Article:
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Divorce Resources for Women

What To Do About Your Maiden Name In Divorce

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Guest Post by Vania Silva

change to maiden name after divorce | divorce support | Since My DivorceDivorce is never an easy process; yet planning ahead for the changes in your life can aid in making the adjustment phase easier. Separating from a spouse will unquestionably impact every aspect of your life: from your finances, emotional health, and even your name.

Reverting to a maiden name after a divorce provides a sense of a clean slate and one that doesn’t constantly remind you of what the last few years felt like. Divorce is a process of transforming oneself whole again. Changing back to one’s birth name may be part of that reconstruction to one’s prior individuality. At the end of your divorce – as part of the divorce procedure – you may request that the court change your last name back to your maiden name, so long as you’re not doing so to avoid any liens, creditors or judgments that may currently exist.

The Process of Legally Changing Your Name

The process of legally changing your name varies by jurisdiction, but in most states it’s fairly easy to request the divorce court judge to enter a formal order restoring your name to your maiden name. If your divorce is finalized and contains a court order regarding your name change, that’s all you need.

Be certain to obtain a certified copy of the court order as proof of the name change. You will need the certified copy to proceed with legally changing your name on your social security, driver’s license, bank accounts, credit cards, property tax, voter registration card, memberships, and any other documents.

When a Divorce Decree Does Not Contain a Name Change Order

If your divorce decree doesn’t contain a court order to revert to your maiden name, you need to ask if you can have the court order changed to include such information. Some states allow this process even when the court order has been finalized. You can obtain the proper forms at the courthouse or your state’s court website. If the judge signs your request, then you would get a certified copy and use that as the evidence needed to get your name changed wherever you want it changed.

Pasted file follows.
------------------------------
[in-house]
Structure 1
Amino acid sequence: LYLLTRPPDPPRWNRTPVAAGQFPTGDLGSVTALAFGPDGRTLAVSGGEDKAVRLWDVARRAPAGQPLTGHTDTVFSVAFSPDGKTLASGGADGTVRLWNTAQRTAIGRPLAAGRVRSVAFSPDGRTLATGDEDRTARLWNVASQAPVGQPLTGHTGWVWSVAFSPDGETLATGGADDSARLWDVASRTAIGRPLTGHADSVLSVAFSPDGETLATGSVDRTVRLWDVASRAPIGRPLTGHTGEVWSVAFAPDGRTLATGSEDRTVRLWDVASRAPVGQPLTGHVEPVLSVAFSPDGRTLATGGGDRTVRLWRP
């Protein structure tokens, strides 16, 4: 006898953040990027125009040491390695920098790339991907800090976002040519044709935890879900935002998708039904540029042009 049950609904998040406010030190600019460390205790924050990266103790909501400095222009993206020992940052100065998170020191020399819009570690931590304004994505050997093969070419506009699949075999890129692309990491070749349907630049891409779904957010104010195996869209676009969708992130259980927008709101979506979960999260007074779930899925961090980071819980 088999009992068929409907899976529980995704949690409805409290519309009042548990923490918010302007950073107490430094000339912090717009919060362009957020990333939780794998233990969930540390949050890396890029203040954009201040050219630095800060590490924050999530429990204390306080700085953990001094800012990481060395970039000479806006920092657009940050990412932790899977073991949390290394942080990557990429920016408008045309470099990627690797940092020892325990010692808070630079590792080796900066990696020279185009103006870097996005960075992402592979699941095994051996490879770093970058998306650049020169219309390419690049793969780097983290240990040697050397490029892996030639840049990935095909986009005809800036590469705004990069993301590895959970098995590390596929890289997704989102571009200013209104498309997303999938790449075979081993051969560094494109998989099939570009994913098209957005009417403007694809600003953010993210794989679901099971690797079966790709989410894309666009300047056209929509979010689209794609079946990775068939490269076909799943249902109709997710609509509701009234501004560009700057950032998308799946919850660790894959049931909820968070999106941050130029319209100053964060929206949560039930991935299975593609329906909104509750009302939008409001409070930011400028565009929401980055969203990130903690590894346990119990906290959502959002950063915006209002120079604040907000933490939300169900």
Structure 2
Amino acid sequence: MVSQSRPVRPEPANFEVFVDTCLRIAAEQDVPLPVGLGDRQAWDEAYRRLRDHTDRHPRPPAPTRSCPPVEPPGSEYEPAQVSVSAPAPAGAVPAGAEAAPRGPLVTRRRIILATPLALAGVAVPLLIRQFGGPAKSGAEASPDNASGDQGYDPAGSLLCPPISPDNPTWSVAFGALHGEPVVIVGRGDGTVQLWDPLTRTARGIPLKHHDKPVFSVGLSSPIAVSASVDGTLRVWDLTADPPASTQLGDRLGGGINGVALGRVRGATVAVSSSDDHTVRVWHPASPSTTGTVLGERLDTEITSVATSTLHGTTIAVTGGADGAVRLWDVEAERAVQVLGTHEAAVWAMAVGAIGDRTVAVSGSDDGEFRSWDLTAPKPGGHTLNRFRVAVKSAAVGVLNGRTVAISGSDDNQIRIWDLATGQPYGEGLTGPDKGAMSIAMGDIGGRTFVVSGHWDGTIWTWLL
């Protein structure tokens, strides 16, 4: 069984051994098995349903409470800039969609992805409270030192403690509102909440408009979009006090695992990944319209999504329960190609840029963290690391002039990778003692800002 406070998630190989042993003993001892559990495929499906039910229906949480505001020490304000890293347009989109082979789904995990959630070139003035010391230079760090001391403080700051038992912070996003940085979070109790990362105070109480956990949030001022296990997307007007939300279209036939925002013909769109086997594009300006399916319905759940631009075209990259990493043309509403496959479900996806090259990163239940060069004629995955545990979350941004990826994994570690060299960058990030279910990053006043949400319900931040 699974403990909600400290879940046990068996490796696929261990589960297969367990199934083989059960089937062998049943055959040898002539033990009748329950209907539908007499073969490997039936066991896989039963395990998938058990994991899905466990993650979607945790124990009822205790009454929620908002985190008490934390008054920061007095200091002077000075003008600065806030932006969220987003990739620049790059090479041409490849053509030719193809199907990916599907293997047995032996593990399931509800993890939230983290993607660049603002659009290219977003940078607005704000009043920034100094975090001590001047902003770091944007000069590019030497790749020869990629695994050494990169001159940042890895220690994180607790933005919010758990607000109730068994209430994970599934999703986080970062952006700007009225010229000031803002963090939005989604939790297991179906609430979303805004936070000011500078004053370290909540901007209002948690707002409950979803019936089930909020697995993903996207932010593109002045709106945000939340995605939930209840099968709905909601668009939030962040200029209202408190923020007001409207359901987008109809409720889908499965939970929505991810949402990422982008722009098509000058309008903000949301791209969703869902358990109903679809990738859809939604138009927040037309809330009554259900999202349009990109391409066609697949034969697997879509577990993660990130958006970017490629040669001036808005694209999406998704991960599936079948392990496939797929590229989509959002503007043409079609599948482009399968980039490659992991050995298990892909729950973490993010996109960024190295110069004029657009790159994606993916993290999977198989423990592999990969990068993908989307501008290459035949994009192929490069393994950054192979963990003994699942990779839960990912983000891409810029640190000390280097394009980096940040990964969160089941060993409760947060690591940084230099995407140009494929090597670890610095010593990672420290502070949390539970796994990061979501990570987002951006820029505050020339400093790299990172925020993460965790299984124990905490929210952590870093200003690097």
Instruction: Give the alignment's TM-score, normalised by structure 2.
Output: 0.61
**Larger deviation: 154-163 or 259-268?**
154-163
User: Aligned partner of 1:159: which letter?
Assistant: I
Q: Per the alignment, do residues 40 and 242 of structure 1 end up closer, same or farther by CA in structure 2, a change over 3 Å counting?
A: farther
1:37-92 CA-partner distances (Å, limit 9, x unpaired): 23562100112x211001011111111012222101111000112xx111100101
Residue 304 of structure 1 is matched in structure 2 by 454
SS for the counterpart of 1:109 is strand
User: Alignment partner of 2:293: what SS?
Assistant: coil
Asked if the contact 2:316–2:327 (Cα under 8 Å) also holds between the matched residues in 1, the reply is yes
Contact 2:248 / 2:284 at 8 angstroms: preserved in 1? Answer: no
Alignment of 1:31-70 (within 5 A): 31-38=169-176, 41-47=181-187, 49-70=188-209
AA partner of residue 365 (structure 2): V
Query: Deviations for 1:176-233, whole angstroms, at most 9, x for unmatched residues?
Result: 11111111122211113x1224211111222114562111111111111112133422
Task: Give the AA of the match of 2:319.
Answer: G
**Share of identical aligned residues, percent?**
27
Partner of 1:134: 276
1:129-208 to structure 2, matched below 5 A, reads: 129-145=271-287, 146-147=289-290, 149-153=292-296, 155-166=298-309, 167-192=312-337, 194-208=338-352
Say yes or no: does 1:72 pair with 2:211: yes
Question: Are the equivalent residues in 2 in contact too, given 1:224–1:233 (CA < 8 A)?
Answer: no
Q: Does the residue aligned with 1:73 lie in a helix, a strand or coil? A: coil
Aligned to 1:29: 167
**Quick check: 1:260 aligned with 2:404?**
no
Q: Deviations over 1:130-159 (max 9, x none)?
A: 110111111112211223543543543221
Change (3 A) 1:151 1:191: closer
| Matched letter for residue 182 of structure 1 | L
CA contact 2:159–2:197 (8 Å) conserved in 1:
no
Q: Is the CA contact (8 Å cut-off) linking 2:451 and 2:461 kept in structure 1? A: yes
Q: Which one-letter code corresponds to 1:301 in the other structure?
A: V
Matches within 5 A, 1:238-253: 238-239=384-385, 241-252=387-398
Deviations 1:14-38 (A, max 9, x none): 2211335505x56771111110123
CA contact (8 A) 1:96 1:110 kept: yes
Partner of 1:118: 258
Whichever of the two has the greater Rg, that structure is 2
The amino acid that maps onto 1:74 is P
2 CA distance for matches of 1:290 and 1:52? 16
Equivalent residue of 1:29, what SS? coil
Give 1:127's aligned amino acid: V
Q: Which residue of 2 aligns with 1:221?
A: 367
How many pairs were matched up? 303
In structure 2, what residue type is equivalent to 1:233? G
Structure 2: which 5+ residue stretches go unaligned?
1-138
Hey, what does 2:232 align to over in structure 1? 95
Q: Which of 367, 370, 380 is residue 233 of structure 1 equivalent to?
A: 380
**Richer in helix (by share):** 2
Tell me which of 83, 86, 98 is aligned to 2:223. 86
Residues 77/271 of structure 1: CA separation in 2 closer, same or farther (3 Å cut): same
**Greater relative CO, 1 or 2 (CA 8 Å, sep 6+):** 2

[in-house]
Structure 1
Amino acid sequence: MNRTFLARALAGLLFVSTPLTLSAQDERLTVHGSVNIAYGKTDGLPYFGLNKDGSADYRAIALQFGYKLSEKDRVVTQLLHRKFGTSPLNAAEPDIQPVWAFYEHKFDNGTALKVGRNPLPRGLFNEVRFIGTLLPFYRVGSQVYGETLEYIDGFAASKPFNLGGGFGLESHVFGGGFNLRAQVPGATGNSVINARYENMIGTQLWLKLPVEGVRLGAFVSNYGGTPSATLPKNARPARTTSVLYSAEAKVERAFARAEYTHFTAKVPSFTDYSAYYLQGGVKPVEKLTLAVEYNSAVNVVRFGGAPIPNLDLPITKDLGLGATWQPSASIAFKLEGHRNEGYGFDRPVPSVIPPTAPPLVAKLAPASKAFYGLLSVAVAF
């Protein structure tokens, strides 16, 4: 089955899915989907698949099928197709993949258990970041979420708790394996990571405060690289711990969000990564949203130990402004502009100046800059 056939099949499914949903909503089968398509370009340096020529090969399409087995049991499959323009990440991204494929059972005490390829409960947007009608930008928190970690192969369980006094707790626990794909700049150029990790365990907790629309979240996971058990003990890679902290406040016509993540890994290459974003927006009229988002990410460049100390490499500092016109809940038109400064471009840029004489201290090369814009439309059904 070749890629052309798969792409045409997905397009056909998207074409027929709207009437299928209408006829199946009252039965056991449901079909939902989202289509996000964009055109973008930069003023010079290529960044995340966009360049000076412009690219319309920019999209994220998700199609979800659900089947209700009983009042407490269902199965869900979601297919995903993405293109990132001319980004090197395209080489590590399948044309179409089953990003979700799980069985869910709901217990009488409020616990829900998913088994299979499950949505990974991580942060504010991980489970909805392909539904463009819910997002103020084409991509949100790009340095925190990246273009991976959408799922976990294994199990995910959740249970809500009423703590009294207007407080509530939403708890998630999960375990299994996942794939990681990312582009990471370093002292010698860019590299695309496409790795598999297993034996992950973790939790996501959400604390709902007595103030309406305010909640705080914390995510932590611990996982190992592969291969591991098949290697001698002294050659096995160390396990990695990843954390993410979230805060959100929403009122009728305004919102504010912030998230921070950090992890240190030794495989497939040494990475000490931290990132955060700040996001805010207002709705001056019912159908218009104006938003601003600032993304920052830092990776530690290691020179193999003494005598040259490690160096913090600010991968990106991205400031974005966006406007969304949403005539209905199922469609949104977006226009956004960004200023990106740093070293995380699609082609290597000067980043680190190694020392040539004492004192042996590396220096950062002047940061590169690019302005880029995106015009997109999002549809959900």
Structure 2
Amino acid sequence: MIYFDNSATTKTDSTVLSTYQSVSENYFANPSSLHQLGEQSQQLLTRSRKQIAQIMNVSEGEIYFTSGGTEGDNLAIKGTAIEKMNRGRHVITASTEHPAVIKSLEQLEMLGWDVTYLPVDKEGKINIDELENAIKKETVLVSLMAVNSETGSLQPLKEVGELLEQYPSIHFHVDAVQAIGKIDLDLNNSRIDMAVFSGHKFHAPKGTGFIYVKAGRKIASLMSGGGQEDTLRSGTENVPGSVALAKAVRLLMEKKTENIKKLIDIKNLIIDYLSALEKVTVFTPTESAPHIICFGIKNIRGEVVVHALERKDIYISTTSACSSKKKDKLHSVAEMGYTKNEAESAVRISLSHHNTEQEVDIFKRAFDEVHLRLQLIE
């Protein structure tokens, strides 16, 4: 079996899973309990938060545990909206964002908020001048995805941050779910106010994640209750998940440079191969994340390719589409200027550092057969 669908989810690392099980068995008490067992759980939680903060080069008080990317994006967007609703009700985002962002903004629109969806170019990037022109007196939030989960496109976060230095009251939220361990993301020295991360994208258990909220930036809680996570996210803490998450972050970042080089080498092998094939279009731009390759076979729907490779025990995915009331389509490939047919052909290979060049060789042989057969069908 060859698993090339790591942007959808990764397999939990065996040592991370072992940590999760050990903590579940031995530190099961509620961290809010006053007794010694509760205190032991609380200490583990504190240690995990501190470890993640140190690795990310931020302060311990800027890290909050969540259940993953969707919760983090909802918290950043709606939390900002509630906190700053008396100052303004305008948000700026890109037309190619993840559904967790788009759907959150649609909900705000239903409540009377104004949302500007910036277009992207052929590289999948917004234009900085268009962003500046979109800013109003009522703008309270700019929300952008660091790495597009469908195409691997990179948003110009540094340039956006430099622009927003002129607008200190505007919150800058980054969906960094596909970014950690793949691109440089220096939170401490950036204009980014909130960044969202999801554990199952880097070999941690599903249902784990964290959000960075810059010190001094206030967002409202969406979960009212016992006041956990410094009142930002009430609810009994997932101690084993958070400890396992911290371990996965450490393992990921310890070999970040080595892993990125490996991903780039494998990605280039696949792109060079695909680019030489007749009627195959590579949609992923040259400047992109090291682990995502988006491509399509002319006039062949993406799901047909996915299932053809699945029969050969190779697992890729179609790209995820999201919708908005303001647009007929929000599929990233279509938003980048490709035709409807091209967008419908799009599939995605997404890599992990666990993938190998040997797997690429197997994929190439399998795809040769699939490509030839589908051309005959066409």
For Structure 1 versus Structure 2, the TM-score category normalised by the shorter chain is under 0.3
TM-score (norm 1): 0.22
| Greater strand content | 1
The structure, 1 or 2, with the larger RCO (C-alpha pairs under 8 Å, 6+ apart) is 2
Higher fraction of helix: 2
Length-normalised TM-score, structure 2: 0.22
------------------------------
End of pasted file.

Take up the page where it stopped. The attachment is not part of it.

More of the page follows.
If your divorce papers do not show a name change request and you cannot have it amended into the court record, you will most likely still be able to change your name. The process will be easier if you are trying to revert to your maiden name. A completely new name will be slightly more complicated. You may petition for a change of name at your local court. This process isn’t as time-consuming as a lawsuit, but it’s still a tedious process. To file the petition, your local court may require a series of documents including your name, address, the past name history, the reason you want to change your name along with a certification that you don’t intend to change your name for any illegal or fraudulent purposes, and a copy of your birth certificate.

After you file for a name change, the court will then publish a Notice of the Petition and if no one objects to the name change and the court does not have questions about the petition, the judge then grants and signs the decree for the name change. However, if someone contests the name change and/or the judge has any questions about your petition, the judge may then schedule a hearing. Again, the process will vary from jurisdiction to jurisdiction, but it can take approximately 2 to 2 ½ months from the date of filing to complete the process.

Changing your Child’s Last Name to Match Your Maiden Name